Psst... We're working on the next generation of Chowhound! View >
HOME > Chowhound > Home Cooking >
May 25, 2008 12:08 PM

Seeking Great Southern Cookbook

Recently returned to Toronto after a two week tour of Tennessee and Kentucky. Hoping to try my hand at a few humble recreations of some of my new southern favourites: corn pudding, coleslaw, lemon ice box pie, etc. I'd love any recommendations for great southern cookbooks. I'm definitely willing to hunt, so out of print titles are welcome, too.

  1. Click to Upload a photo (10 MB limit)
  1. I have no idea if it's still available, but the Junior League of Memphis put out a cookbook YEARS ago that I still have and is still fabulous. Someone once made a comment about it that made me think it's a true collector's item and may still be available.

    Junior League House; 2711 Union Avenue, Extended; Memphis TN (NO ZIP CODE!)

    The Memphis Cookbook

    Of course, there is always the lady, Paula Deen.

    1. Try The Lee Brothers Cookbook. I believe it won a Beard award or some such.

      3 Replies
      1. re: roxlet

        Forget the Lee Bros. book. I can't say enough bad things about it.

        Jean Anderson's new book, is a great Southern Cookbook and a great read too. Any of the Jr. League books but remember the ladies were trotting out their best recipes, not necessarily their home-everyday recipes. If you can lay a hand on a copy of Marion Brown's Southern Cookbook, it is a classic and belongs in every Southern collection, A Gracious Plenty by John T. Edge, anythinh by Damon Lee Fowler, or Edna Lewis. I personally love Frank StittsSouthreern Table, some may find it too restauranty by I've never had anything bad from it or his restaurant. Shuck Beans, Stack Cakes and Honest Fried Chicken would not be a bad addition either.

        I threw Paula Deen's book away, a can of this and that is not my idea of cooking. Sorry, cream of mushroom soup soes not belong in stroganoff.

        1. re: Candy

          Excellent picks! I can't say enough good things about Marion Brown's Southern Cookbook. It really captures everyday, traditional Southern Chow to it's highest point. Many recipes look deceptively simple. It is one of the few cook books I own that I actually have used to cook from. Most are more for inspiration.

          1. re: meatn3

            I cut my cooking teeth on that book. It was our family bible. I have 3 copies and also her book on pickles and preserves.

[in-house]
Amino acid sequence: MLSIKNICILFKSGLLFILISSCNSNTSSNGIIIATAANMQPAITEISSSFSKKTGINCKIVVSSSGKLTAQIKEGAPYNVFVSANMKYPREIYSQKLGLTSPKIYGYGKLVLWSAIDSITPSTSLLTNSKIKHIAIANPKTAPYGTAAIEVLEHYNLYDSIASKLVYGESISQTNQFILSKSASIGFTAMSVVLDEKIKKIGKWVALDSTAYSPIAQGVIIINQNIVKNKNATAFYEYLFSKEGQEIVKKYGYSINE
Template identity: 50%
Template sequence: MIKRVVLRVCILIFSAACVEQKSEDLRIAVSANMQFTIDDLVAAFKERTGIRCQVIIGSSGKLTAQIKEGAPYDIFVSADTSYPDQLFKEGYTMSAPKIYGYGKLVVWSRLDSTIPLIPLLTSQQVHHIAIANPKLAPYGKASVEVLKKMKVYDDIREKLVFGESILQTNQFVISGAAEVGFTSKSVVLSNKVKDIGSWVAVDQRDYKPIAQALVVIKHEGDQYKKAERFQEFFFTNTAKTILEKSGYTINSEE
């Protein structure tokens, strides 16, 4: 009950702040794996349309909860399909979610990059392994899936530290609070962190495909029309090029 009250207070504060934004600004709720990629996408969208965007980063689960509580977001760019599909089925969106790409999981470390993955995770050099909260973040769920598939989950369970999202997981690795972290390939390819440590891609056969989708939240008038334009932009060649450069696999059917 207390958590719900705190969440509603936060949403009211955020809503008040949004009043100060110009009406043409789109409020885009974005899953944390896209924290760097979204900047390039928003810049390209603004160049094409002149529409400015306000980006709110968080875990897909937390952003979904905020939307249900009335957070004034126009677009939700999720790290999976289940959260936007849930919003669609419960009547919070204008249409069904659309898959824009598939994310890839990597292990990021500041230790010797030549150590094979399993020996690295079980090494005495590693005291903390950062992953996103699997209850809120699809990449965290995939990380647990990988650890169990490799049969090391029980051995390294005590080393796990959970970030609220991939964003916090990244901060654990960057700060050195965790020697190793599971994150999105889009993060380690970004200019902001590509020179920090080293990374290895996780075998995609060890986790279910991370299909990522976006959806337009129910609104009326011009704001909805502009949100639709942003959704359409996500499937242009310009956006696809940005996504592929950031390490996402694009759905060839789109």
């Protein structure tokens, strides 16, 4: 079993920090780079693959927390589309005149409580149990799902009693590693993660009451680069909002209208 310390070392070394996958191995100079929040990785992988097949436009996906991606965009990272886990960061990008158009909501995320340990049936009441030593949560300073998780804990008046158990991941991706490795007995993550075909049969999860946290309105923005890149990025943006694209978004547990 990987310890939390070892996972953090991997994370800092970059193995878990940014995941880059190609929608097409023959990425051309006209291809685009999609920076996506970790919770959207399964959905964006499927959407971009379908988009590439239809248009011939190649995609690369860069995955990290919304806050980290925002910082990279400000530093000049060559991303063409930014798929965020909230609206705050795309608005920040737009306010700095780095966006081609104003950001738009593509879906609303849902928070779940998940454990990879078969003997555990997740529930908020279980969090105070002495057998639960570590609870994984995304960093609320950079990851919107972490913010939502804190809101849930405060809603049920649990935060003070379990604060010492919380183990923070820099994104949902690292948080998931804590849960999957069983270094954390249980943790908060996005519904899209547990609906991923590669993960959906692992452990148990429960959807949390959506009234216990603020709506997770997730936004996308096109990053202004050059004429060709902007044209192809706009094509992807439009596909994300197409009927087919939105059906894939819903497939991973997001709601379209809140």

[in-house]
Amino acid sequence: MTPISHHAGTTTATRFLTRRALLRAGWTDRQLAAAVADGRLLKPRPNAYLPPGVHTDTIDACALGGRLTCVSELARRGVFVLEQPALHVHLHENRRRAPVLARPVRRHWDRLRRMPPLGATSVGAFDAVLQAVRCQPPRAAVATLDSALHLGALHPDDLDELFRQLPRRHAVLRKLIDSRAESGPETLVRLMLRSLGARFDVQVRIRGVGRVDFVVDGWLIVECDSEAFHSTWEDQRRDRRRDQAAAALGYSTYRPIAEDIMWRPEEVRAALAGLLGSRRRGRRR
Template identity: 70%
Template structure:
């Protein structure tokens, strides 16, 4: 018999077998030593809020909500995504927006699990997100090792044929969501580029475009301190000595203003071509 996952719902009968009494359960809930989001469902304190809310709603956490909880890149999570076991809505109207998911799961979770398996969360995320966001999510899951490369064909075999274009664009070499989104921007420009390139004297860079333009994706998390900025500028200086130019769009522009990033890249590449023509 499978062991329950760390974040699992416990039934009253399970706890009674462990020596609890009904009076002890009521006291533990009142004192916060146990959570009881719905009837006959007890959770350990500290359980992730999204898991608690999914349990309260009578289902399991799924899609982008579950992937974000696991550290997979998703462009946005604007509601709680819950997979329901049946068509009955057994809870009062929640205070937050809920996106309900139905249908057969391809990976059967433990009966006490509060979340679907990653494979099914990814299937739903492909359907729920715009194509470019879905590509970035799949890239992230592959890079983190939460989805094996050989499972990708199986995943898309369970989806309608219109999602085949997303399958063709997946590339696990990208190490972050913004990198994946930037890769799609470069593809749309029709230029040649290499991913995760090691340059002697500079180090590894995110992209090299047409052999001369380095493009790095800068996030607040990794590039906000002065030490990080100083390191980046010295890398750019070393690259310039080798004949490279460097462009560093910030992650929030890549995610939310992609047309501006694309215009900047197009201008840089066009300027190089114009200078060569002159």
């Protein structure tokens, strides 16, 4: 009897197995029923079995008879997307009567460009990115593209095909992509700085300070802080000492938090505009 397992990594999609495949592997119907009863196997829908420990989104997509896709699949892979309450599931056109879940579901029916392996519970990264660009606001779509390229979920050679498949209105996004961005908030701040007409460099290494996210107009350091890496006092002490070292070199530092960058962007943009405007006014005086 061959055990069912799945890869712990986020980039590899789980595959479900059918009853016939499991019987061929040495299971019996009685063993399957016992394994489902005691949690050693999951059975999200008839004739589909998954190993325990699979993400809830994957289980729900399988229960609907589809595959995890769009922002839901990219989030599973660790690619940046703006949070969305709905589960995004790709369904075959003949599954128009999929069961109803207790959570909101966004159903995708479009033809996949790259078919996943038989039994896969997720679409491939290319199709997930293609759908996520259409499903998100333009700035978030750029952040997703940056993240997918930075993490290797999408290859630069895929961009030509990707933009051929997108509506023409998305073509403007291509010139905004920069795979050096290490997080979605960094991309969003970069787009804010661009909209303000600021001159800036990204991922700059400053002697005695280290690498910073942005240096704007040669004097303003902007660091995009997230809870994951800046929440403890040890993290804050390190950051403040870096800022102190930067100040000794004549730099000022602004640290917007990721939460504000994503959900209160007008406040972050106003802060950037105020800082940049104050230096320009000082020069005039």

2. A Love Affair with Southern Cooking by Jean Anderson. Other than a couple of odd missteps in the glossary(one entry says baby back ribs are spare ribs from a young pig and another entry says poke[no poke recipe in the book which is fine by me because I was always disgusted by the stuff] is cooked like turnip greens--surprising errors for someone with as much cooking experience as Jean Anderson which makes me wonder if someone else wrote the glossary) and the lack of a fried okra recipe(which I think reflects Anderson's dislike of okra), the book is first-rate. I think it's better than the other recent acclaimed southern cookbooks--Villas', Lee Brothers' and certainly better than Paula Deen's.

        1 Reply
        1. re: Chimayo Joe

          I wasn't quite accurate about there not being a fried okra recipe in A Love Affair with Southern Cooking. There's a recipe for okra cakes(okra sliced extremely thin[1/8" cut], mixed with flour and a little water until it clumps together, and fried), and there's a recipe for okra & green tomato fritters.

          No recipe for the way I grew up eating it though--sliced about 3/8" thick, dredged in cornmeal or flour then fried--could be that Anderson just considered that method simple enough that no recipe was needed for the book.

        2. I, too, was going to recommend a Junior League cookbooks or Southern Living magazine's annual cookbook (probably the easiest for you to find, I would suspect, and you will have 30 years to choose from!


          Junior League of Charlotte, NC is "Dining by Fireflies"
          Junior League of Charleston, SC is "Charleston Receipts"
          Junior League of Savannah, GA is "Savannah Style"

          (I have all three, and the Charleston one is my very favorite... there is a lot of history in it, as well as some recipes I have made numerous times over the years. However, I love the other two as well!)

          1 Reply
          1. re: Tehama

            Charleston Receipts is wonderful. I use it quite often.

          2. The old classic is Mrs. S.R. Dull's "Southern Cooking," long out of print but very easy to find, and shouldn't be at all expensive. "Southern Food" by John Egerton is not a cookbook per se, but an excellent historical and regional overview with lots of classic recipes. "New Southern Cooking" by Nathalie Dupree (or ANYTHING by Nathalie Dupree!) is just wonderful, as is "The New Southern Basics" by Nashville chef/restaurateur Martha Stamps. I do like James Villas's book a whole lot, too.

            1 Reply
            1. re: Will Owen

              Update: I've recently gotten two books by Nathalie Dupree that were profoundly disappointing - quick'n'easy I-hate-to-cook stuff that she obviously wrote to pay the rent. Sorry to see that. Get "New Southern Cooking" and let it go at that...